A Coast Guard helicopter and rescue plane resumed the search this morning for 11 workers missing after a massive explosion aboard an oil platform off the Louisiana coast. The rig continued to burn as supply vessels shot water into it try to control the flames enough to keep it from sinking. Rescue crews have covered the 1,940-square-mile search area by air 12 times and by boat five times, Petty Officer Casey Baker said this morning. The boats continued searching all night. Officials hoped the 11 missing workers might have been able to get to a covered lifeboat with enough supplies to survive for an extended period. Transocean Ltd. Spokesman Guy Cantwell said 111 workers who made it off the Deepwater Horizon safely after Tuesday night's blast were ashore today, and four others were still on a boat that operates an underwater robot. A robot will eventually be used to stop the flow of oil or gas to the rig, cutting off the fire. He said officials have not decided when that will happen. Seventeen others hurt in the blast had been brought to shore Wednesday with burns, broken legs and smoke inhalation. Four of those were critically injured. A slow trek across the water brought most of the uninjured survivors to Port Fourchon, where they were checked by doctors before being brought to a hotel in suburban New Orleans to reunite with their relatives early today. One worker said he was awakened by alarms and scrambled to get on a life boat. "I've been working offshore 25 years, and I've never seen anything like this before," said the man, who like others at the hotel declined to give his name.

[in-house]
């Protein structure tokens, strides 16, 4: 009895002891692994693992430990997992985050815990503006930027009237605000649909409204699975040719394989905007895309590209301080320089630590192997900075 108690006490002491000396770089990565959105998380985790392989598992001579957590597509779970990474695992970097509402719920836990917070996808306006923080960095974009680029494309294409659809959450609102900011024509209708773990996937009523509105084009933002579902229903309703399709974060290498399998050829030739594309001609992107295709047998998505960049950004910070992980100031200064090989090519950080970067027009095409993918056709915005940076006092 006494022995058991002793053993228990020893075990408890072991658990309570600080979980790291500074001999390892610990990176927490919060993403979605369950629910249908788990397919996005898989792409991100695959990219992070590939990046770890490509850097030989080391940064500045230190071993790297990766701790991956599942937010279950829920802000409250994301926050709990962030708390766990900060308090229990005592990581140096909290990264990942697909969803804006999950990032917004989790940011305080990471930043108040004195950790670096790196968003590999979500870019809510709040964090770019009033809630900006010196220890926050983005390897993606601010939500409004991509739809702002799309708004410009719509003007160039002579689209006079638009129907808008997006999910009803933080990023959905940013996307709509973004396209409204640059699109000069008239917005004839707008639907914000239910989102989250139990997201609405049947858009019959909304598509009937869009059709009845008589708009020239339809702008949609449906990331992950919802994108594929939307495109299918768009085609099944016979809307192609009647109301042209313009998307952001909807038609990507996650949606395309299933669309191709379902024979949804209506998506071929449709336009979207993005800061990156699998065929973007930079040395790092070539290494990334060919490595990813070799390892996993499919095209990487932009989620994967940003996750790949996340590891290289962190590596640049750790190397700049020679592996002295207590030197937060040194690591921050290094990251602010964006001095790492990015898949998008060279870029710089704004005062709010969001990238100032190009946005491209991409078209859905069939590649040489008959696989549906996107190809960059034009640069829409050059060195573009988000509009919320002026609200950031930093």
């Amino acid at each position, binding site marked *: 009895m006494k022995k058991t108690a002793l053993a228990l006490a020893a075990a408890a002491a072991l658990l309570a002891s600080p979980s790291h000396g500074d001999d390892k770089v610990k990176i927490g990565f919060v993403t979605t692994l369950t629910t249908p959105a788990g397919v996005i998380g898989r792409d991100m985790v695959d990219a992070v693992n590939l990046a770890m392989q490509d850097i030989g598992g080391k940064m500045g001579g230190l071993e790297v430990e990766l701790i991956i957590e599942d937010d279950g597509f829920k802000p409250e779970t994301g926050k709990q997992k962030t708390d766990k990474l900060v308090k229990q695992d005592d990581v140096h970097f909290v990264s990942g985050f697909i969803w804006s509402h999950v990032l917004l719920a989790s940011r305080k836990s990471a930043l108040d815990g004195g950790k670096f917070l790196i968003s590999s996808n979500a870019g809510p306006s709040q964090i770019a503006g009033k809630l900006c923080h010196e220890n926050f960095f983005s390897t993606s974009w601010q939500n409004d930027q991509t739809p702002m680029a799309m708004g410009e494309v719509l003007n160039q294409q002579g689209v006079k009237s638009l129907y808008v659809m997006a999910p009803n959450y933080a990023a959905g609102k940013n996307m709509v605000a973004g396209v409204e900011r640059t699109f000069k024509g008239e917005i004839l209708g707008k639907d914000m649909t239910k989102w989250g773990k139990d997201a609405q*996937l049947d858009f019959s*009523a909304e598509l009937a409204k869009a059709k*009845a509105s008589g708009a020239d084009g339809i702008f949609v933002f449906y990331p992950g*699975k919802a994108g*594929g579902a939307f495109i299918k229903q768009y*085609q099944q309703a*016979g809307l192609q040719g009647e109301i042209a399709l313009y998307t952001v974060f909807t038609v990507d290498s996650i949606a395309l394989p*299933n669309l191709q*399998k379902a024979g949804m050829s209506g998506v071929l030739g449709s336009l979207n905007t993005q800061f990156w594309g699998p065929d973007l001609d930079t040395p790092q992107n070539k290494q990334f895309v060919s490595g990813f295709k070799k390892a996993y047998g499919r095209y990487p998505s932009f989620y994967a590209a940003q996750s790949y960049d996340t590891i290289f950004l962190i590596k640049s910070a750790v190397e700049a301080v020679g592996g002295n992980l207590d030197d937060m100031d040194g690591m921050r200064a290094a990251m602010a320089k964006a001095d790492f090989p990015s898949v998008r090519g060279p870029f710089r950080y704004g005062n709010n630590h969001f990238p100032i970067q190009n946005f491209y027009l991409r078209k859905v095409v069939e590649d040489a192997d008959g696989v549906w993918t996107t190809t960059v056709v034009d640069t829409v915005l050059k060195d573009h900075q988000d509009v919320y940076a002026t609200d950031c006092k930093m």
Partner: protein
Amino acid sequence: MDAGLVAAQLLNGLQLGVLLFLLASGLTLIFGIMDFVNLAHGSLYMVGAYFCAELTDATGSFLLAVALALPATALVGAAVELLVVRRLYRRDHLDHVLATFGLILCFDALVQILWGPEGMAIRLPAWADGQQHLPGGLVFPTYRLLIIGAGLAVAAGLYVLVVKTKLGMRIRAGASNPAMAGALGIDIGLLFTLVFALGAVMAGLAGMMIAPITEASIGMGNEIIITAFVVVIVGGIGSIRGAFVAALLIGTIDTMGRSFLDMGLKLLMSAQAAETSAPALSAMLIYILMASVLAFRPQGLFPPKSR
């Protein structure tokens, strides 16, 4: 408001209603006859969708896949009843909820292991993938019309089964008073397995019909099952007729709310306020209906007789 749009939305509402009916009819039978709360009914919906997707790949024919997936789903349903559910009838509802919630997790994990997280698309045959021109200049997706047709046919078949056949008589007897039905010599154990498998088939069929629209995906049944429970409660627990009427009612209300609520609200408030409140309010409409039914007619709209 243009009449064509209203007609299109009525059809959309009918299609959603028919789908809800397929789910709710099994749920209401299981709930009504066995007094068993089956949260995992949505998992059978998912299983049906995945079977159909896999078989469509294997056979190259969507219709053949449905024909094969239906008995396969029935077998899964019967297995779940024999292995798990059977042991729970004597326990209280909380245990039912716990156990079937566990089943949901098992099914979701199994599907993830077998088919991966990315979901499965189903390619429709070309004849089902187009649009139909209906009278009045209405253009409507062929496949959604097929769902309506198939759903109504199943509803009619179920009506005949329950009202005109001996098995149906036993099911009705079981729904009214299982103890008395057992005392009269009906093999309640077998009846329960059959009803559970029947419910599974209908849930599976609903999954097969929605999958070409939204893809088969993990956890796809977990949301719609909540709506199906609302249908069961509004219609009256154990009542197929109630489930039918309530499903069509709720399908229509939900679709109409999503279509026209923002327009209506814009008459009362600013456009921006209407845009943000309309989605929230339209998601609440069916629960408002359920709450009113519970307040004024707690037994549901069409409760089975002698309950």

Search goes on for 11 missing in oil rig blast
Published: Thursday, April 22nd, 2010
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